On June 6, 1944, General Eisenhower gave the order and the brave men of the Allied forces stormed the beaches of Normandy. One of those young men was a short Seaman 2nd class from St. Louis.
An 18-year-old Yogi Berra had put his baseball career on hold a year earlier to join the Navy. He trained as a gunner’s mate and, at age 19, worked on a rocket launching boat firing at German defenses on Omaha beach during the Normandy Invasion.
“Being a young guy, you didn’t think nothing of it until you got in it. And so we went off 300 yards off beach. We protect the troops. If they ran into any trouble, we would fire the rockets over. We had a lead boat that would fire one rocket. If it hits the beach, then everybody opens up. We could fire one rocket if we wanted to, or we could fire off 24 or them, 12 on each side. We stretched out 50 yards apart. And that was the invasion. Nothing happened to us. That’s one good thing. Our boat could go anywhere, though. We were pretty good, flat bottom, 36-footer.”
For the next twelve days his boat was ordered to shoot down any plane that came below the clouds. They accidentally shot down an American plane, but saved the pilot. Yogi also ran messages from Omaha Beach to Utah Beach, and went on to serve in a second assault on France for which he received a medal from the French government. Three of his comrades died in the invasion, which included 150,000 Allied personnel. It is widely considered the turning of the war in the Allies’ favor.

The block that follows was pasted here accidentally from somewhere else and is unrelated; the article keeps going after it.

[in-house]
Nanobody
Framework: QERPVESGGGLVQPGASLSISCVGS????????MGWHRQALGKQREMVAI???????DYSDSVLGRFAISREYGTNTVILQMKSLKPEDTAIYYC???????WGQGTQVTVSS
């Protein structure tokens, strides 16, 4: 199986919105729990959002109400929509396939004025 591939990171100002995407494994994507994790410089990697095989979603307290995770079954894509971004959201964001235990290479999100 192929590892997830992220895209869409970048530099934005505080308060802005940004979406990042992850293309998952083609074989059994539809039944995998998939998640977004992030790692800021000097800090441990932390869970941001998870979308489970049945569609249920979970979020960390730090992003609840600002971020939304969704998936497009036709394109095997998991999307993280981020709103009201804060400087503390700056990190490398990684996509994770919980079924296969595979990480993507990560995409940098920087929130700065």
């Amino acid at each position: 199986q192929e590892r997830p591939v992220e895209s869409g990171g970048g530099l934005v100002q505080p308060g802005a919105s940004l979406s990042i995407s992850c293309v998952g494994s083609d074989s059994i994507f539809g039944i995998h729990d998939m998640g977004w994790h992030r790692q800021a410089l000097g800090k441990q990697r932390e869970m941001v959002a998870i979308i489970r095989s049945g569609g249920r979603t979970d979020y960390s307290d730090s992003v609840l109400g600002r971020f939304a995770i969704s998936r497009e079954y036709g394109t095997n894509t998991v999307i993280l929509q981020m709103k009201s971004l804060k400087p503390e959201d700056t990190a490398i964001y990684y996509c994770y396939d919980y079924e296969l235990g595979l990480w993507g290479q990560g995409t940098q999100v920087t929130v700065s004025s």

“We had orders not to go on the beach. They went on their own, and they got it. We had to stay back and protect them.”
Sixty years later, he received the Lone Sailor award from the U.S. Navy Memorial, an honor given to sailors who use skills learned in the service to advance their careers. The president and Navy Memorial CEO said, “Our honorees are living examples of how service to country changes lives and helps develop leaders.” President Obama posthumously awarded Yogi with the Presidential Medal of Freedom in November 2015.
Yogi’s heroism isn’t defined by his World Series rings or MVP awards, it goes beyond the Bronx. His bravery and service to his country during D-Day is what makes him a true hero.